Anglo-American journalist John Russell lives in Berlin and is approached to do some work for the Soviets. He reluctantly agrees and soon becomes involved in other dangerous activities, like helping a Jewish family and an idealistic American reporter. When the British and the Nazis notice his involvement with the Soviets, Russell is dragged into the world of warring intelligence services.
"Review for the whole series"
By 1939, Anglo-American journalist John Russell has spent 15 years in Berlin, where his German-born son lives. He writes human-interest pieces for British and American papers, avoiding the investigative journalism that could get him deported. But as war approaches, he faces the prospect of having to leave his son and his longtime girlfriend.
"Not much happening ...."
Berlin, early 1948: The city, still occupied by the four Allied powers, still largely in ruins, has become the cockpit of a new Cold War, and as spring unfolds its German inhabitants live in fear of the Soviets enforcing a Western withdrawal. Here, as elsewhere in Europe, the legacies of the War have become entangled in the new Soviet-American conflict, creating a world of bizarre and fleeting loyalties, a paradise for spies. John Russell works for both Stalin’s NKVD and the newly-created CIA. He does as little for either as he can safely get away with.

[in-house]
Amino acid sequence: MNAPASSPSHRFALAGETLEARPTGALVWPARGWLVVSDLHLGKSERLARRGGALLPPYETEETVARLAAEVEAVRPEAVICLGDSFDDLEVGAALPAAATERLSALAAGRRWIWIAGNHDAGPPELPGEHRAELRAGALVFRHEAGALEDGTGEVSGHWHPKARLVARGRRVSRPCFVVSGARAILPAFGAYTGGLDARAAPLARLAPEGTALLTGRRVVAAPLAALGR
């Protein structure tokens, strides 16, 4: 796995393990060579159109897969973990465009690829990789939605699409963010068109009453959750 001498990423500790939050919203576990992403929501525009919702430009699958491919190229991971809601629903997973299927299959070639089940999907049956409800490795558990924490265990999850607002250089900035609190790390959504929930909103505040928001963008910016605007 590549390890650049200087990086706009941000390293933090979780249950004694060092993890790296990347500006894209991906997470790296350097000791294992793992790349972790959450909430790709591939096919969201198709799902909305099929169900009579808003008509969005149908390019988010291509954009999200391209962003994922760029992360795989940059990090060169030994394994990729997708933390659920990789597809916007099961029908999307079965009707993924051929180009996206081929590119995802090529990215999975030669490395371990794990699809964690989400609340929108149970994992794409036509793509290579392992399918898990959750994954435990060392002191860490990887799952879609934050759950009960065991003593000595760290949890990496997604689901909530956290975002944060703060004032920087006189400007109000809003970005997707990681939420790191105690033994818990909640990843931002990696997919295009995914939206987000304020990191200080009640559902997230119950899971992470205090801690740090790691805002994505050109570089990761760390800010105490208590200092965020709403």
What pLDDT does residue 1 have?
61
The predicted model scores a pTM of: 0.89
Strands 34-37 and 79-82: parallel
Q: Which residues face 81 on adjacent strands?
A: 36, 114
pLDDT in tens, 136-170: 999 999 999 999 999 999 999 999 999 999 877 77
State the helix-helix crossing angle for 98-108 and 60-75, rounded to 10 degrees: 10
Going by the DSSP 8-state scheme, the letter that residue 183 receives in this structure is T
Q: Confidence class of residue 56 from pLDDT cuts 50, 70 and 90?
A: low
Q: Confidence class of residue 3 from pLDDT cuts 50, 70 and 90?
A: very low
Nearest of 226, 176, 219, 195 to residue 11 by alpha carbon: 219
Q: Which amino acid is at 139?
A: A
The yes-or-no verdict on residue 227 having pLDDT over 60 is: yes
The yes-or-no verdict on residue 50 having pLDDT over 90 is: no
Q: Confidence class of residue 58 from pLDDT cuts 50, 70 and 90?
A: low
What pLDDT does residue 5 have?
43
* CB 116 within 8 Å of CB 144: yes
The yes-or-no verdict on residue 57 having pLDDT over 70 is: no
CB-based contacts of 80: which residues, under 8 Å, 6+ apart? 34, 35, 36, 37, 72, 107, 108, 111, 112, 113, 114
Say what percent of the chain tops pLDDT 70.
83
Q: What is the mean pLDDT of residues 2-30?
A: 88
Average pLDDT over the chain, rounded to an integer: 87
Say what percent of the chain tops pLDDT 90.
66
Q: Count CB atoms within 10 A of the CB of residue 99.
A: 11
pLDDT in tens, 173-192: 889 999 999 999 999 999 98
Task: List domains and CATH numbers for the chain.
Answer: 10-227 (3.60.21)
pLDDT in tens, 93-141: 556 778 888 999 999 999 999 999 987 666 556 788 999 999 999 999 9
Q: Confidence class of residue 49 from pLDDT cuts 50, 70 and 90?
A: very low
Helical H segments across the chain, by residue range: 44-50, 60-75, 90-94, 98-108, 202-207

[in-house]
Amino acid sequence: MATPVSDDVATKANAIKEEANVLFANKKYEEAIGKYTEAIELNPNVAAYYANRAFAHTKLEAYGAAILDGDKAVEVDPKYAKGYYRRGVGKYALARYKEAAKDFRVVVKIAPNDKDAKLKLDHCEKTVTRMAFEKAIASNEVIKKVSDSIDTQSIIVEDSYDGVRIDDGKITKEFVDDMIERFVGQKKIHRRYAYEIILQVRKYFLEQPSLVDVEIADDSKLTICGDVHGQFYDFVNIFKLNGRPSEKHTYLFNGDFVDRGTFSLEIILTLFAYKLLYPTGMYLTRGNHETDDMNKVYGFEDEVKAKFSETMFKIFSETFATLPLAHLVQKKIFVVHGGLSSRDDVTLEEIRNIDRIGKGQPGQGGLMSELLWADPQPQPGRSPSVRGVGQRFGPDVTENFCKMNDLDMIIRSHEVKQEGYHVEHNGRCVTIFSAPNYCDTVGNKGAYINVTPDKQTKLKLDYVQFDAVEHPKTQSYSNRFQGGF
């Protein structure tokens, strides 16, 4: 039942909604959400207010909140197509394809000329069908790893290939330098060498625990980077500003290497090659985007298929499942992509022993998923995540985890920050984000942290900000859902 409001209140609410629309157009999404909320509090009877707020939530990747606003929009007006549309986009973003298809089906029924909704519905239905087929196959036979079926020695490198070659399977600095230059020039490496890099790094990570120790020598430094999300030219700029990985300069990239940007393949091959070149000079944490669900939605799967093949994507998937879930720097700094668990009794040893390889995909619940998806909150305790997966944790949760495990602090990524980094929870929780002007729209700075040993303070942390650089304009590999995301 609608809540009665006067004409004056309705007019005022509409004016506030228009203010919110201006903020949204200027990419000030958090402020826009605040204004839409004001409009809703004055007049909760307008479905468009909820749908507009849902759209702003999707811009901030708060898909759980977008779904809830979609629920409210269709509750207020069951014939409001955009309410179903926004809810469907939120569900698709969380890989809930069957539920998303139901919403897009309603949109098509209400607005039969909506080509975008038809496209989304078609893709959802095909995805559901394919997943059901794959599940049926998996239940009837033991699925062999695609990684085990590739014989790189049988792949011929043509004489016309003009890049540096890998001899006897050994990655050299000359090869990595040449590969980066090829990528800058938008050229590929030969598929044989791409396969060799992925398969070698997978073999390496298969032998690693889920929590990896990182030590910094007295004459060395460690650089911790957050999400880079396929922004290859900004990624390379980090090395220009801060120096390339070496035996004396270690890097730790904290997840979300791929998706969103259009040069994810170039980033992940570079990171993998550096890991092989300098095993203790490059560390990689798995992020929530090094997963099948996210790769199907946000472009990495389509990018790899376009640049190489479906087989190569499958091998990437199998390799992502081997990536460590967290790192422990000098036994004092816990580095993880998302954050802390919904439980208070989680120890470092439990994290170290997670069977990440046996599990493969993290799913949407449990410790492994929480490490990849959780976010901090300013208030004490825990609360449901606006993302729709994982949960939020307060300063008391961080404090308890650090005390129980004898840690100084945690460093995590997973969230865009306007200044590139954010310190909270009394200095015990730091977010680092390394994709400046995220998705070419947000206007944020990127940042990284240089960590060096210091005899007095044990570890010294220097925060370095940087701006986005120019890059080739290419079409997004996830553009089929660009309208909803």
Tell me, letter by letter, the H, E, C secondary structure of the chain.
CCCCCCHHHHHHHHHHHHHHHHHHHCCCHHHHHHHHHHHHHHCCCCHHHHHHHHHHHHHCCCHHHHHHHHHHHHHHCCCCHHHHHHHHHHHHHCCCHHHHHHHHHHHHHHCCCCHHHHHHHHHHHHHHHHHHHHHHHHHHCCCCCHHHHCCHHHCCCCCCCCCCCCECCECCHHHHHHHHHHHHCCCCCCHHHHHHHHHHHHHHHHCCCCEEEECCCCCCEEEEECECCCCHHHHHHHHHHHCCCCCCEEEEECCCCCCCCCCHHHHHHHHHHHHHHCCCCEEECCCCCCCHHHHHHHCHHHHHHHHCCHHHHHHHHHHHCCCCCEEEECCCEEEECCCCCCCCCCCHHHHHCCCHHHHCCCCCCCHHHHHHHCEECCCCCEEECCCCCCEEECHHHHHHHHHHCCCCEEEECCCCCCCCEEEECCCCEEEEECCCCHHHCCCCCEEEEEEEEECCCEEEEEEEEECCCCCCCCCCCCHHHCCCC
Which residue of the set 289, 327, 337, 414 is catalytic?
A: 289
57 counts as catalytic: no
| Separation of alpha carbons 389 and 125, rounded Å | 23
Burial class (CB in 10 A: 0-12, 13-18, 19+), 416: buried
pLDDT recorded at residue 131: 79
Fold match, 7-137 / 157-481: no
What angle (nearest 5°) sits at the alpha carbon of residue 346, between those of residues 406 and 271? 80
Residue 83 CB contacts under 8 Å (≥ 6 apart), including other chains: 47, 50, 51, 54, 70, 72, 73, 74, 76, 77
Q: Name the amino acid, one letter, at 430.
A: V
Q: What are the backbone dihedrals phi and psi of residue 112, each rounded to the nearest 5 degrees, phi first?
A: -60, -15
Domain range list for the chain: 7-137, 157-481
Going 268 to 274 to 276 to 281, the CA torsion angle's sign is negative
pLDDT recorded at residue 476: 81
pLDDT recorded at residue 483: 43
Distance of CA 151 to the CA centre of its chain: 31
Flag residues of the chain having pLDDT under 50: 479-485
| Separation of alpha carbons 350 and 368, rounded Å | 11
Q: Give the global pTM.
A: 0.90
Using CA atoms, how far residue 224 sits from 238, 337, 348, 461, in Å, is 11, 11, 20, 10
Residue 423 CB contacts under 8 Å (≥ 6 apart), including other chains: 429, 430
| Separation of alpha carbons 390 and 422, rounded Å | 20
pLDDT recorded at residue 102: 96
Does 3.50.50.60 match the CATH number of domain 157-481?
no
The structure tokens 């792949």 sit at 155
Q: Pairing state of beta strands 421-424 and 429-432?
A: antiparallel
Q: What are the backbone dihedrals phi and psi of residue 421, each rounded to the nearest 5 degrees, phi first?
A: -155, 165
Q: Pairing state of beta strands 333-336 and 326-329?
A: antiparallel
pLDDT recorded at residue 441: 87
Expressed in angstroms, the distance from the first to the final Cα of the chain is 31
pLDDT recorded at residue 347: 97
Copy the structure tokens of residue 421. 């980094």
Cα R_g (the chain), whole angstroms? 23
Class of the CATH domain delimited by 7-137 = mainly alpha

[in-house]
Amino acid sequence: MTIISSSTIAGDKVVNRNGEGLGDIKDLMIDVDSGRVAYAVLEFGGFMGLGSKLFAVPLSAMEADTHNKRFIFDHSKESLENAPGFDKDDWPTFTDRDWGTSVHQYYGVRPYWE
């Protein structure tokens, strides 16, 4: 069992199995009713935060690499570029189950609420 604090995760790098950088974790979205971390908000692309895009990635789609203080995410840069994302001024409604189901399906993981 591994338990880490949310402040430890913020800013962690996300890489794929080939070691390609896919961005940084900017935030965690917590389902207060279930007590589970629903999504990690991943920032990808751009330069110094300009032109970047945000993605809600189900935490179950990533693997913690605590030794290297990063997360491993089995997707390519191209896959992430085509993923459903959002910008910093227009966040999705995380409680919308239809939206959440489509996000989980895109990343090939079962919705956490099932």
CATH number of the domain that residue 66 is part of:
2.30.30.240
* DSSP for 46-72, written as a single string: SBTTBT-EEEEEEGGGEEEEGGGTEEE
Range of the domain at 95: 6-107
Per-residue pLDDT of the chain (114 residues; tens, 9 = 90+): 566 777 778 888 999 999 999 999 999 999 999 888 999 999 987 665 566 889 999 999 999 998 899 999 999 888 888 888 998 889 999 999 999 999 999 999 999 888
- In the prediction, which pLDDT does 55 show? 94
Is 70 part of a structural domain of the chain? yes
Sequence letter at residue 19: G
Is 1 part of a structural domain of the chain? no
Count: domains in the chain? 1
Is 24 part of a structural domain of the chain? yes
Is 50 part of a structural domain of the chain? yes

"What a disappointment...and it's all the narrator"
In the fall of 1941, Anglo-American journalist John Russell is still living in Berlin, tied to the increasingly alien city by his love for two Berliners: his fourteen-year-old son Paul and his longtime girlfriend Effi. Forced to work for both German and American intelligence, he's searching for a way out of Germany. Can he escape and take Effi with him?
"Very Strong Addition to the Marvelous John Russe"
Paris, November 1945: John Russell is walking home along the banks of the Seine on a cold and misty evening when Soviet agent Yevgeny Shchepkin falls into step alongside him. Shchepkin tells Russell that the American intelligence will soon be asking him to undertake some low grade espionage on their behalf - assessing the strains between different sections of the German Communist Party - and that Shchepkin's own bosses in Moscow want him to accept the task and pass his findings on to them.
"Great view of Berlin after the end of WW2"
India, 1915. Jack McColl is on a reconnaissance mission to better defend the British Empire against Bengali terrorists and their German allies. In England, meanwhile, Jack's former lover, Caitlin Hanley, witnesses the execution of her brother for a treasonous plot that Jack helped foil. His execution has only intensified Caitlin's involvement in the cause of Home Rule. An uprising in Dublin will bring Caitlin and Jack back together as lovers - and enemies.
His books have sold millions and include classics like Mere Christianity, The Screwtape Letters, and The Lion, the Witch and the Wardrobe. Yet C. S. Lewis was not always a literary giant of Christian faith. How did he evolve from staunch atheism to become one of the most beloved and renowned Christian authors of our time?